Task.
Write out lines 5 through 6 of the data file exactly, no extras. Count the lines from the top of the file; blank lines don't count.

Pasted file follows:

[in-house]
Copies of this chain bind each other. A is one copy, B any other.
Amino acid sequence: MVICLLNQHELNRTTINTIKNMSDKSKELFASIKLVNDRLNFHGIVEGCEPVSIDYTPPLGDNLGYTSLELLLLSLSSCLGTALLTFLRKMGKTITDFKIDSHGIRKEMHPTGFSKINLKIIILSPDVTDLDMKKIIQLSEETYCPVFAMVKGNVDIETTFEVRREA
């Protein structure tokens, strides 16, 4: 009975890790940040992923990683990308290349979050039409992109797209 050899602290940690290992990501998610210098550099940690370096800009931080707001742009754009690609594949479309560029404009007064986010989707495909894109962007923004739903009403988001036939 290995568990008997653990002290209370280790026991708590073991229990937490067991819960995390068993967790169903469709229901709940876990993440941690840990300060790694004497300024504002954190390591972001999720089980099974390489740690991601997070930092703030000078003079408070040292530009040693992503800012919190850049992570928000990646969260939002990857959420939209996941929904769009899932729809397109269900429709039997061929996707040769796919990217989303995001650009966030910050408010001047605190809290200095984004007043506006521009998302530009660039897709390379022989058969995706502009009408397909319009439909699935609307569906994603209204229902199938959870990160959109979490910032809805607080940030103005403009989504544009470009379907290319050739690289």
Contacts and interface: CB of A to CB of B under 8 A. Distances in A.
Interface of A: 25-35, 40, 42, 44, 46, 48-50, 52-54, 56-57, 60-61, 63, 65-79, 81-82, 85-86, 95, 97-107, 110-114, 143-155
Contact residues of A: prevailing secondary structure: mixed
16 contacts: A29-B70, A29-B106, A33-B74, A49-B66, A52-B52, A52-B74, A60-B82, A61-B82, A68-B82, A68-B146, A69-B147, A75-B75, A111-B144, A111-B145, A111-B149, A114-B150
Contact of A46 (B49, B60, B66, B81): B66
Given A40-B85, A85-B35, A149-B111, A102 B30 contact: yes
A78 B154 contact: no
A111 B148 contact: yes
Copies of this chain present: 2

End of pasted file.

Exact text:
Contacts and interface: CB of A to CB of B under 8 A. Distances in A.
Interface of A: 25-35, 40, 42, 44, 46, 48-50, 52-54, 56-57, 60-61, 63, 65-79, 81-82, 85-86, 95, 97-107, 110-114, 143-155